A spewing bit of something that may turn into something else. The “poetry is the food of love” quote comes from Jane Austen’s Pride and Prejudice (which is an infinite source of inspiration.) Thank you for dealing with me.

To lose someone after changing—
a mouth biting into dark chocolate and heating
with chili.

Sickness has made me regret my selfishness.


I’ve thrown away time like it was sand into the sea,
never realizing I could have used it to make castles
and other beautiful things.


“But all sand washes away,” says he who denies love and god.
You are right, you are write… I cannot help my wishes.
Poetry is the food of love, and I am starving.

Bears & Mist

*This is a draft of poetry, because sometimes my thoughts are in a scramble
On most days, he is Pooh bear with a
Tummy of honey; a bearded
Face that knocks down walls
By chance—she never means to tell
‘Til she does, and he is a mirror
She breathes on until it fogs up.
In that mist, he draws his Other Woman,
who stands a foot below

A Look at Depression & Suicide

A few days ago, I was on an online chat forum. Often times, people will just spout out random things and tidbits. That day, a friend said, “A girl from my university tried to commit suicide by stabbing herself in the head. But she lived. LOL, so stupid.”

And thus commenced the eruption.

I was horrified. Why would he ever joke about that? I can understand making a joke privately to a friend you know well, but saying that online is horrible. I told him that. A girl who publicly made it known to everyone that she was chronically depressed jumped in to say she found his comment offensive. Another guy jumped in and supported the OP.

They kept saying stuff like, “Suicide is selfish,” “Killing yourself is cowardly,” “It’s stupid to off yourself.” I kept defending my opinion until I was exhausted. “These people are mentally ill, they need your support.” I got in the shower, and looked at my phone again after I got out.

DXXX: Depression is the latest fad (w/link)

Unbidden, all these horrible thoughts and feelings came back, and I started crying. He had posted that link long after people had told him to stop talking about the subject. How could people be so cruel? Where was the empathy?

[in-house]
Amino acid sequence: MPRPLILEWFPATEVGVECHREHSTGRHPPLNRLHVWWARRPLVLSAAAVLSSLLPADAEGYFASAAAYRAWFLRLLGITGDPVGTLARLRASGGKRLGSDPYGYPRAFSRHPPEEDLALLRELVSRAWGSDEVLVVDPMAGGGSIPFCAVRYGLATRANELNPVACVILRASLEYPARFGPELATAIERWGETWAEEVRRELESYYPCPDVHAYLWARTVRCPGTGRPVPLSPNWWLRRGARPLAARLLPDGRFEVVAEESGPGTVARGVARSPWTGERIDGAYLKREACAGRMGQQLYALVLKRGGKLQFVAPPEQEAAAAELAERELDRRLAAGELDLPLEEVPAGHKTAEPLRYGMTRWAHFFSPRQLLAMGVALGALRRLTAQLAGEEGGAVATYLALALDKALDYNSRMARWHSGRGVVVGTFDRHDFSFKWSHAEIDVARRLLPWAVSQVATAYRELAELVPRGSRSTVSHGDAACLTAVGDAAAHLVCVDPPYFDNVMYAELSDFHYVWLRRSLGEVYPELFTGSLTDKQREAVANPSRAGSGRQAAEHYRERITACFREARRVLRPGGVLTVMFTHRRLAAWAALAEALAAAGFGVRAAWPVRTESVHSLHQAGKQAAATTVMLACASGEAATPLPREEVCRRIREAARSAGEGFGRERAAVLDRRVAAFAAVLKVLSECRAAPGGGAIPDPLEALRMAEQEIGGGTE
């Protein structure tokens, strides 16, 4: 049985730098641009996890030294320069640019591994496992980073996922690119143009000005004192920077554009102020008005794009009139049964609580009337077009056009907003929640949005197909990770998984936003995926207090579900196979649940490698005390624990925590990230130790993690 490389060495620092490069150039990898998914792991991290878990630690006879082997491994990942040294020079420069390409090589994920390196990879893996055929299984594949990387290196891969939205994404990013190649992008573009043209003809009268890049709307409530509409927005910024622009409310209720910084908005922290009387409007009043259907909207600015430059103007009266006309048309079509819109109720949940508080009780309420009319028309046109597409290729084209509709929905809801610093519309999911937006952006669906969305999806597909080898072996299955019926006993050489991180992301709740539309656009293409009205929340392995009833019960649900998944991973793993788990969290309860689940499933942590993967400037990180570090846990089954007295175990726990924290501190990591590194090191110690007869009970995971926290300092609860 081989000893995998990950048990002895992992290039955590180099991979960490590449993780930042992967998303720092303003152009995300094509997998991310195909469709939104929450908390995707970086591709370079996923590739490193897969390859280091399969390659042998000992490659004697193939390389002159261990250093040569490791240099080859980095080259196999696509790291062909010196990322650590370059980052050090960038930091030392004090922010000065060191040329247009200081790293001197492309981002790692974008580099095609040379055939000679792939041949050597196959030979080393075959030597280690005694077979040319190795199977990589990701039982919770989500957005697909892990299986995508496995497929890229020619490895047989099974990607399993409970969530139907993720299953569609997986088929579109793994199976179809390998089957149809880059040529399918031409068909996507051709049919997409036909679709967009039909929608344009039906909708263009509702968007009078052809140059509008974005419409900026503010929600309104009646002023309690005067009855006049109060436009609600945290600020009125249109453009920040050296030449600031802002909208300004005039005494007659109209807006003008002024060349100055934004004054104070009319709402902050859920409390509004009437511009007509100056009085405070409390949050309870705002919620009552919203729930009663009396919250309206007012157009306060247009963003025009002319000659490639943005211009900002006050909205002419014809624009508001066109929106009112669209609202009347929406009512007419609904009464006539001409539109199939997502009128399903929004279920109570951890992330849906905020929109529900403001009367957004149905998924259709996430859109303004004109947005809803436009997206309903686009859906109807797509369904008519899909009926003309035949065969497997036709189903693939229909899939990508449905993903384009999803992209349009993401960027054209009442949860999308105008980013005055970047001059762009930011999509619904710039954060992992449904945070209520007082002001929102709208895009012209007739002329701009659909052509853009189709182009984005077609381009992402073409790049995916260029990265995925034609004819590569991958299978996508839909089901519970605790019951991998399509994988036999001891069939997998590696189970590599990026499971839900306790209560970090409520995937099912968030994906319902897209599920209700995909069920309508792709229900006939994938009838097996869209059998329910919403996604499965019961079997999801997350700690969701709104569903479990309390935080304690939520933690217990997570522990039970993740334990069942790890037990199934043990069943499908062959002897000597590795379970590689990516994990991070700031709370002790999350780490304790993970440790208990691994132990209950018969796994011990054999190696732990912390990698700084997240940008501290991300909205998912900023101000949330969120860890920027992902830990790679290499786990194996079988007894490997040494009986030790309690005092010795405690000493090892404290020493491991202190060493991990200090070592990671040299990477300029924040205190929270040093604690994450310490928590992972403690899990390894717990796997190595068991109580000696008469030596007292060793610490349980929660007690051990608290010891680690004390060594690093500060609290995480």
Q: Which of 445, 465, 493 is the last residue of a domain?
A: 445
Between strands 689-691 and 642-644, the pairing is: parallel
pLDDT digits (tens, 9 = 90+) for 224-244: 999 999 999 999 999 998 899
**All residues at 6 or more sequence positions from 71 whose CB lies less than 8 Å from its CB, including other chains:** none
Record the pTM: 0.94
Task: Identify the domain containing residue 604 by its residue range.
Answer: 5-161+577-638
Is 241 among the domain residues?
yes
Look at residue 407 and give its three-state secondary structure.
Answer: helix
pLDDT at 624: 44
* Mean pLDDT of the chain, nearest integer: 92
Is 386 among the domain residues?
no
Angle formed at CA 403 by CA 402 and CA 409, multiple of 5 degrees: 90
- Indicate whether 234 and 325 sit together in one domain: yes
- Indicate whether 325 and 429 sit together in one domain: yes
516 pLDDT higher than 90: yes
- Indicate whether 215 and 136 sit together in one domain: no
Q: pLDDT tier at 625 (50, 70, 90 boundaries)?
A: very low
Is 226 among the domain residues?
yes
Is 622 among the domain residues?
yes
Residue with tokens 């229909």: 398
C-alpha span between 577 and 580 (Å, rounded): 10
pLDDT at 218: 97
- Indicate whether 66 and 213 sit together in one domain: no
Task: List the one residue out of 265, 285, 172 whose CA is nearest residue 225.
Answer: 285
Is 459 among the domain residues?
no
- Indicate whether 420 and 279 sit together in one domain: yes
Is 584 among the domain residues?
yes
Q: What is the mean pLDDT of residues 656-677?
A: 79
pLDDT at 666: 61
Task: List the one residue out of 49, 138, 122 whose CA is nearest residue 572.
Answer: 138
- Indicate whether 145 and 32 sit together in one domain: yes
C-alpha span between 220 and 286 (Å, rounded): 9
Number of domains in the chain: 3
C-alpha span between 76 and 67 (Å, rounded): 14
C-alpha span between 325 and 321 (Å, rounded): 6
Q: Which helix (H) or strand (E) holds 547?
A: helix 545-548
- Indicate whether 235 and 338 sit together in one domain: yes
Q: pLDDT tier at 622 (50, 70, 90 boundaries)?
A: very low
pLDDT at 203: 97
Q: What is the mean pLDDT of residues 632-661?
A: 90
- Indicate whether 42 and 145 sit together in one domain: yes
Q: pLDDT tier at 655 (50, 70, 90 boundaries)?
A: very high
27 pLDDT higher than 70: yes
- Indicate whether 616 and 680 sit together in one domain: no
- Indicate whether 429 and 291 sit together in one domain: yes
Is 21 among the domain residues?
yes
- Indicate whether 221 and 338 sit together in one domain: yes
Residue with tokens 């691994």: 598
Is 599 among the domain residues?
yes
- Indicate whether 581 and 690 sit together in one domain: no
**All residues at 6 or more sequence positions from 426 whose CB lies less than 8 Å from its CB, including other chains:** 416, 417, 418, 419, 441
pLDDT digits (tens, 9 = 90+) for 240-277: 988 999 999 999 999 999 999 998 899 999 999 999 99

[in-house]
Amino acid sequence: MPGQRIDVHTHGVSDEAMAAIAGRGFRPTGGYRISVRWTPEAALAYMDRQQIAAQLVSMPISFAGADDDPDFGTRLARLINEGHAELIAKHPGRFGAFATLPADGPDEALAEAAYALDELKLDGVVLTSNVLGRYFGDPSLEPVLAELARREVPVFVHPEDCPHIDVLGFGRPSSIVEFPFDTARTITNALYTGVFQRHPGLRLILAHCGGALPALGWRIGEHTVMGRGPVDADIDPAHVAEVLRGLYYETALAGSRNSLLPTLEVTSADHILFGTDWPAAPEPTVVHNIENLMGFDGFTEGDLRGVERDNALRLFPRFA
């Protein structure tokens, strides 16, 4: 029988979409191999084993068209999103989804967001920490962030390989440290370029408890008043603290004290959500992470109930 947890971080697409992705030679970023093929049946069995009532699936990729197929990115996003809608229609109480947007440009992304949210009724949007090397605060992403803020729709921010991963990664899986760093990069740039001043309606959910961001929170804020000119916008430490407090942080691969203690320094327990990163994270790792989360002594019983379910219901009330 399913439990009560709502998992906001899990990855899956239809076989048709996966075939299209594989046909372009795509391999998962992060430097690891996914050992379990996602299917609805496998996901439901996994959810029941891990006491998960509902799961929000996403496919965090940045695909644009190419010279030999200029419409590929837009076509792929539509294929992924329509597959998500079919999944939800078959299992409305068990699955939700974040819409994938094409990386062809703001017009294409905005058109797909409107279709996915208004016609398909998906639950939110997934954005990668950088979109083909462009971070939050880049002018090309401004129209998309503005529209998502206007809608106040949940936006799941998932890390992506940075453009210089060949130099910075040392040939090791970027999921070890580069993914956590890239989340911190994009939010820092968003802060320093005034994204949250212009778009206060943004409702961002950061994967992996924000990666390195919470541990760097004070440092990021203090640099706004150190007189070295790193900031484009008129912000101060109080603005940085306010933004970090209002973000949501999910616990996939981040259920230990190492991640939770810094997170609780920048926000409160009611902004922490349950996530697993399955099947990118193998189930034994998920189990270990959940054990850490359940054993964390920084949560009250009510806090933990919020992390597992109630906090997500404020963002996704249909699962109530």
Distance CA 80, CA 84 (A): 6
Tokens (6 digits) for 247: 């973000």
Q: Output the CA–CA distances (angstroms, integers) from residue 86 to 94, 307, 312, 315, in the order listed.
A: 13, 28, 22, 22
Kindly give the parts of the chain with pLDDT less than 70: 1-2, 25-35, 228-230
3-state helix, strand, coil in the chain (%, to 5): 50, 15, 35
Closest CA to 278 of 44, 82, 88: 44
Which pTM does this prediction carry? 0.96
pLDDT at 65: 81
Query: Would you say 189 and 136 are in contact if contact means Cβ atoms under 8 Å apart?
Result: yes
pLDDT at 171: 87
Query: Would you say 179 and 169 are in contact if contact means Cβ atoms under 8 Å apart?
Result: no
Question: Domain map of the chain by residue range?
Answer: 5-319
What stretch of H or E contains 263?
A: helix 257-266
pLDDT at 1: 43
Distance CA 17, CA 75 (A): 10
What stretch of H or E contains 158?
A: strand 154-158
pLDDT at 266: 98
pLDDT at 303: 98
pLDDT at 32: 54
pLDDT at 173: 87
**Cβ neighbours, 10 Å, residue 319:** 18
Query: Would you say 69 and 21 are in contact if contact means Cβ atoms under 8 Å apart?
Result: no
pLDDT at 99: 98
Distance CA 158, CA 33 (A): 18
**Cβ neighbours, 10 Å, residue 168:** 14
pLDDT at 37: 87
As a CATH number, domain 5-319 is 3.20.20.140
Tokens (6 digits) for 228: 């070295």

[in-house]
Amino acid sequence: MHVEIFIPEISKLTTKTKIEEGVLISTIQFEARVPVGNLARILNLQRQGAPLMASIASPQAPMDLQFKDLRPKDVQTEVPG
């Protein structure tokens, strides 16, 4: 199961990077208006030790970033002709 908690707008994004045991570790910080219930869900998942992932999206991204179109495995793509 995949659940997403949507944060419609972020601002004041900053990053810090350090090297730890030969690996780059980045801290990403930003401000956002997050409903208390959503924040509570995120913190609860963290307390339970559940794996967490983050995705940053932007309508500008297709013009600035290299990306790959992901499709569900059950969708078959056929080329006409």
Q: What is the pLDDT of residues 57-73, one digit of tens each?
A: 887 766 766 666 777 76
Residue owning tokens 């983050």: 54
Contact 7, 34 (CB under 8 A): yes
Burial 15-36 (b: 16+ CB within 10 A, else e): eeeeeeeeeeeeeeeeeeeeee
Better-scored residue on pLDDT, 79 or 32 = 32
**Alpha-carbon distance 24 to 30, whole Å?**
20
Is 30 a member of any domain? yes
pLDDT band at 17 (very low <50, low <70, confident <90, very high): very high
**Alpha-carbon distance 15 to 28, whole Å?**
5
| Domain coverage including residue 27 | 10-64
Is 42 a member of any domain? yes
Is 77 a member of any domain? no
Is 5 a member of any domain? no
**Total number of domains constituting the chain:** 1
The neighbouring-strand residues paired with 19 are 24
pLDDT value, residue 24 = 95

The truth is that I am not an unbiased person at all. I come from a family full of unhappy people, spanning generations. My grandmother ate and smoked herself to death, threatened to commit suicide, tried to kill a family member, and was bipolar. My parents have had their share of unhappiness, which I am not permitted to discuss because they are still living and would be mad at me. And I myself was put on anti-depressants when I was 4 or 5, and have never fully been taken off. I was committed to a psychiatric facility for a week when I was 14 because I wanted to kill myself.

“Suicide is selfish, yada yada yada” argument

Even though I feel much better now, I find something lurking in that edge of my mind sometimes. That’s why their words really hurt me. Their argument was the same argument my leading doctor used in the psych ward. The thing is, it worked beautifully—at first. What the “suicide is selfish and you’re a coward and a wimp” does is instill enough guilt to prevent you from killing yourself. But as you think about it, you become so ashamed that you confirm your worst fears—that you are a horrible, worthless person. And you don’t really want to live after that, do you? It’s really bad for your soul and leads you to destructive thoughts. If you’ve ever said this to someone, shame on you! Unless they’re about to jump from a roof, try a different approach.